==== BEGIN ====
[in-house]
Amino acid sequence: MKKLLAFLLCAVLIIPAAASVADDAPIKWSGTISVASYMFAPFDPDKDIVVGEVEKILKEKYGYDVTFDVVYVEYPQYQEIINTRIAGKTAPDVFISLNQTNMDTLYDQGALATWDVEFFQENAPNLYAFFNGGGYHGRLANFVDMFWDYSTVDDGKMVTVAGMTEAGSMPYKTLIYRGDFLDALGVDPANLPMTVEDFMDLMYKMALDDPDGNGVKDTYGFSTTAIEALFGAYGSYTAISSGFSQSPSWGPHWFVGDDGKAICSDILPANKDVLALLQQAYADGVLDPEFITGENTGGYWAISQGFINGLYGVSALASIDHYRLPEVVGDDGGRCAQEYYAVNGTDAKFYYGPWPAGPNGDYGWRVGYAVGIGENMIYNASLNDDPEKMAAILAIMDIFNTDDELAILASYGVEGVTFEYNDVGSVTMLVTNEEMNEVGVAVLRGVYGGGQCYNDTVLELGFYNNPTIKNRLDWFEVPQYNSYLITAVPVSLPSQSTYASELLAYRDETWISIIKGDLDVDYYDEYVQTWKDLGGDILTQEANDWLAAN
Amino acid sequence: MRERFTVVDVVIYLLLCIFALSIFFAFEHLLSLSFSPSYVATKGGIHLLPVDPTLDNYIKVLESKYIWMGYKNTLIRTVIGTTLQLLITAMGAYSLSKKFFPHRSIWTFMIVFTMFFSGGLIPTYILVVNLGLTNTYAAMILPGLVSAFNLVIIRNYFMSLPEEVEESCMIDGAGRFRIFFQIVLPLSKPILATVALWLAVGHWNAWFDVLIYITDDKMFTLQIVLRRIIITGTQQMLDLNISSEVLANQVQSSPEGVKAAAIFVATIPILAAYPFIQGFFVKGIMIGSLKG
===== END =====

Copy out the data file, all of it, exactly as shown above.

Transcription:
[in-house]
Amino acid sequence: MKKLLAFLLCAVLIIPAAASVADDAPIKWSGTISVASYMFAPFDPDKDIVVGEVEKILKEKYGYDVTFDVVYVEYPQYQEIINTRIAGKTAPDVFISLNQTNMDTLYDQGALATWDVEFFQENAPNLYAFFNGGGYHGRLANFVDMFWDYSTVDDGKMVTVAGMTEAGSMPYKTLIYRGDFLDALGVDPANLPMTVEDFMDLMYKMALDDPDGNGVKDTYGFSTTAIEALFGAYGSYTAISSGFSQSPSWGPHWFVGDDGKAICSDILPANKDVLALLQQAYADGVLDPEFITGENTGGYWAISQGFINGLYGVSALASIDHYRLPEVVGDDGGRCAQEYYAVNGTDAKFYYGPWPAGPNGDYGWRVGYAVGIGENMIYNASLNDDPEKMAAILAIMDIFNTDDELAILASYGVEGVTFEYNDVGSVTMLVTNEEMNEVGVAVLRGVYGGGQCYNDTVLELGFYNNPTIKNRLDWFEVPQYNSYLITAVPVSLPSQSTYASELLAYRDETWISIIKGDLDVDYYDEYVQTWKDLGGDILTQEANDWLAAN
Amino acid sequence: MRERFTVVDVVIYLLLCIFALSIFFAFEHLLSLSFSPSYVATKGGIHLLPVDPTLDNYIKVLESKYIWMGYKNTLIRTVIGTTLQLLITAMGAYSLSKKFFPHRSIWTFMIVFTMFFSGGLIPTYILVVNLGLTNTYAAMILPGLVSAFNLVIIRNYFMSLPEEVEESCMIDGAGRFRIFFQIVLPLSKPILATVALWLAVGHWNAWFDVLIYITDDKMFTLQIVLRRIIITGTQQMLDLNISSEVLANQVQSSPEGVKAAAIFVATIPILAAYPFIQGFFVKGIMIGSLKG